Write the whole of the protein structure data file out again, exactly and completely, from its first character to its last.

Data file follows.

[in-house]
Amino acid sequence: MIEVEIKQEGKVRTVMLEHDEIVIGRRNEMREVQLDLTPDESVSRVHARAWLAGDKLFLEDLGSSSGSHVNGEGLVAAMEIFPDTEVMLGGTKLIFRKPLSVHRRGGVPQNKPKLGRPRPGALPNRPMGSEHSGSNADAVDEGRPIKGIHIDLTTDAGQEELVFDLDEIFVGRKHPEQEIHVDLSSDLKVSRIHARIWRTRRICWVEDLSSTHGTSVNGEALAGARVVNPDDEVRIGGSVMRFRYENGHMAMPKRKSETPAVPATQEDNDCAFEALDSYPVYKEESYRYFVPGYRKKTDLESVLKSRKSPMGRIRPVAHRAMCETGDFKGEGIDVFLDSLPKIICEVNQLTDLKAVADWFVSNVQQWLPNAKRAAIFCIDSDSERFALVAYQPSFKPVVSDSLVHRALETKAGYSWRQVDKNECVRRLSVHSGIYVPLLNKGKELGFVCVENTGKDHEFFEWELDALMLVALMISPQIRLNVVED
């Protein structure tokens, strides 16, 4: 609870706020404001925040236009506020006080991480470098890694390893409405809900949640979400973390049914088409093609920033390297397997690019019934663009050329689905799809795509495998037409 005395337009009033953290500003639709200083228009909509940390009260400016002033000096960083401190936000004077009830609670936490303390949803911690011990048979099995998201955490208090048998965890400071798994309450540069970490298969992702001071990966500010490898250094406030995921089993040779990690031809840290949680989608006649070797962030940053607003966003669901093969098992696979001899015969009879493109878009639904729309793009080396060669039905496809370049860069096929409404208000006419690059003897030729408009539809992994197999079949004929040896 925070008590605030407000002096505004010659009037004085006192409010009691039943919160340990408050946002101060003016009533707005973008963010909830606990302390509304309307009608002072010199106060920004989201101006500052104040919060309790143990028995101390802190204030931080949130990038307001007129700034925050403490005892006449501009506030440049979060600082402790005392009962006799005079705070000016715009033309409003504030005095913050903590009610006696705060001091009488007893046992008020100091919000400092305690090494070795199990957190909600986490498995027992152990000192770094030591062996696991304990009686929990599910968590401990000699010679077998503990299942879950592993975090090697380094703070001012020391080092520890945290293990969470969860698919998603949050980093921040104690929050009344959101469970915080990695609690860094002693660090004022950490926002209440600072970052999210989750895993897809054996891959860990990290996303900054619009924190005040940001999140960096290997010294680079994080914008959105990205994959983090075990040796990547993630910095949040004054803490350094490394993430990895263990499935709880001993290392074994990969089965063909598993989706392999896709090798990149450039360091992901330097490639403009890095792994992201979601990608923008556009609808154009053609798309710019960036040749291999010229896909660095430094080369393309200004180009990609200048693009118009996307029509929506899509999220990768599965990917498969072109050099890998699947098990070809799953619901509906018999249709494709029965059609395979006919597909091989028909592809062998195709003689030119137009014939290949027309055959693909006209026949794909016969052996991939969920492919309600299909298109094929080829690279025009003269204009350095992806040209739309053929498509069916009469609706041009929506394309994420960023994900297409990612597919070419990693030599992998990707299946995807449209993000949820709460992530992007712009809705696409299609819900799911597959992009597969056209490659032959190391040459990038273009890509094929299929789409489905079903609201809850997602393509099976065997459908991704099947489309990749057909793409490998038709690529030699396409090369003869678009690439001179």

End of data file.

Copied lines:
[in-house]
Amino acid sequence: MIEVEIKQEGKVRTVMLEHDEIVIGRRNEMREVQLDLTPDESVSRVHARAWLAGDKLFLEDLGSSSGSHVNGEGLVAAMEIFPDTEVMLGGTKLIFRKPLSVHRRGGVPQNKPKLGRPRPGALPNRPMGSEHSGSNADAVDEGRPIKGIHIDLTTDAGQEELVFDLDEIFVGRKHPEQEIHVDLSSDLKVSRIHARIWRTRRICWVEDLSSTHGTSVNGEALAGARVVNPDDEVRIGGSVMRFRYENGHMAMPKRKSETPAVPATQEDNDCAFEALDSYPVYKEESYRYFVPGYRKKTDLESVLKSRKSPMGRIRPVAHRAMCETGDFKGEGIDVFLDSLPKIICEVNQLTDLKAVADWFVSNVQQWLPNAKRAAIFCIDSDSERFALVAYQPSFKPVVSDSLVHRALETKAGYSWRQVDKNECVRRLSVHSGIYVPLLNKGKELGFVCVENTGKDHEFFEWELDALMLVALMISPQIRLNVVED
């Protein structure tokens, strides 16, 4: 609870706020404001925040236009506020006080991480470098890694390893409405809900949640979400973390049914088409093609920033390297397997690019019934663009050329689905799809795509495998037409 005395337009009033953290500003639709200083228009909509940390009260400016002033000096960083401190936000004077009830609670936490303390949803911690011990048979099995998201955490208090048998965890400071798994309450540069970490298969992702001071990966500010490898250094406030995921089993040779990690031809840290949680989608006649070797962030940053607003966003669901093969098992696979001899015969009879493109878009639904729309793009080396060669039905496809370049860069096929409404208000006419690059003897030729408009539809992994197999079949004929040896 925070008590605030407000002096505004010659009037004085006192409010009691039943919160340990408050946002101060003016009533707005973008963010909830606990302390509304309307009608002072010199106060920004989201101006500052104040919060309790143990028995101390802190204030931080949130990038307001007129700034925050403490005892006449501009506030440049979060600082402790005392009962006799005079705070000016715009033309409003504030005095913050903590009610006696705060001091009488007893046992008020100091919000400092305690090494070795199990957190909600986490498995027992152990000192770094030591062996696991304990009686929990599910968590401990000699010679077998503990299942879950592993975090090697380094703070001012020391080092520890945290293990969470969860698919998603949050980093921040104690929050009344959101469970915080990695609690860094002693660090004022950490926002209440600072970052999210989750895993897809054996891959860990990290996303900054619009924190005040940001999140960096290997010294680079994080914008959105990205994959983090075990040796990547993630910095949040004054803490350094490394993430990895263990499935709880001993290392074994990969089965063909598993989706392999896709090798990149450039360091992901330097490639403009890095792994992201979601990608923008556009609808154009053609798309710019960036040749291999010229896909660095430094080369393309200004180009990609200048693009118009996307029509929506899509999220990768599965990917498969072109050099890998699947098990070809799953619901509906018999249709494709029965059609395979006919597909091989028909592809062998195709003689030119137009014939290949027309055959693909006209026949794909016969052996991939969920492919309600299909298109094929080829690279025009003269204009350095992806040209739309053929498509069916009469609706041009929506394309994420960023994900297409990612597919070419990693030599992998990707299946995807449209993000949820709460992530992007712009809705696409299609819900799911597959992009597969056209490659032959190391040459990038273009890509094929299929789409489905079903609201809850997602393509099976065997459908991704099947489309990749057909793409490998038709690529030699396409090369003869678009690439001179």